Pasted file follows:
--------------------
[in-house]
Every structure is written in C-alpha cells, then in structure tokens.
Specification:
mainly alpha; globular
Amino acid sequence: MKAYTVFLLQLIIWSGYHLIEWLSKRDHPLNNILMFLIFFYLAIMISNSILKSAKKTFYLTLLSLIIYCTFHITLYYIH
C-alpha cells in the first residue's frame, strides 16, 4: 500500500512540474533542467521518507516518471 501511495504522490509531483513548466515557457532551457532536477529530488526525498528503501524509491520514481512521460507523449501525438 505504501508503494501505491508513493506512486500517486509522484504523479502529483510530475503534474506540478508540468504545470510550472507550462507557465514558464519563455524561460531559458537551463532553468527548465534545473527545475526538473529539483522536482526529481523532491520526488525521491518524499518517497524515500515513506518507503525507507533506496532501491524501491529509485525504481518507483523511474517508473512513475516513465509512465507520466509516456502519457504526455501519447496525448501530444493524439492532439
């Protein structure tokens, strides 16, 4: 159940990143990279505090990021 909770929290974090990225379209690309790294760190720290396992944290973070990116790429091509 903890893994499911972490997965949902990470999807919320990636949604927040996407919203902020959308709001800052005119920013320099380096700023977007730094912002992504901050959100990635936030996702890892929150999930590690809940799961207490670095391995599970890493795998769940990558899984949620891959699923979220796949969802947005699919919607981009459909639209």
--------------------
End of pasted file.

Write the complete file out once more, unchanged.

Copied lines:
[in-house]
Every structure is written in C-alpha cells, then in structure tokens.
Specification:
mainly alpha; globular
Amino acid sequence: MKAYTVFLLQLIIWSGYHLIEWLSKRDHPLNNILMFLIFFYLAIMISNSILKSAKKTFYLTLLSLIIYCTFHITLYYIH
C-alpha cells in the first residue's frame, strides 16, 4: 500500500512540474533542467521518507516518471 501511495504522490509531483513548466515557457532551457532536477529530488526525498528503501524509491520514481512521460507523449501525438 505504501508503494501505491508513493506512486500517486509522484504523479502529483510530475503534474506540478508540468504545470510550472507550462507557465514558464519563455524561460531559458537551463532553468527548465534545473527545475526538473529539483522536482526529481523532491520526488525521491518524499518517497524515500515513506518507503525507507533506496532501491524501491529509485525504481518507483523511474517508473512513475516513465509512465507520466509516456502519457504526455501519447496525448501530444493524439492532439
């Protein structure tokens, strides 16, 4: 159940990143990279505090990021 909770929290974090990225379209690309790294760190720290396992944290973070990116790429091509 903890893994499911972490997965949902990470999807919320990636949604927040996407919203902020959308709001800052005119920013320099380096700023977007730094912002992504901050959100990635936030996702890892929150999930590690809940799961207490670095391995599970890493795998769940990558899984949620891959699923979220796949969802947005699919919607981009459909639209």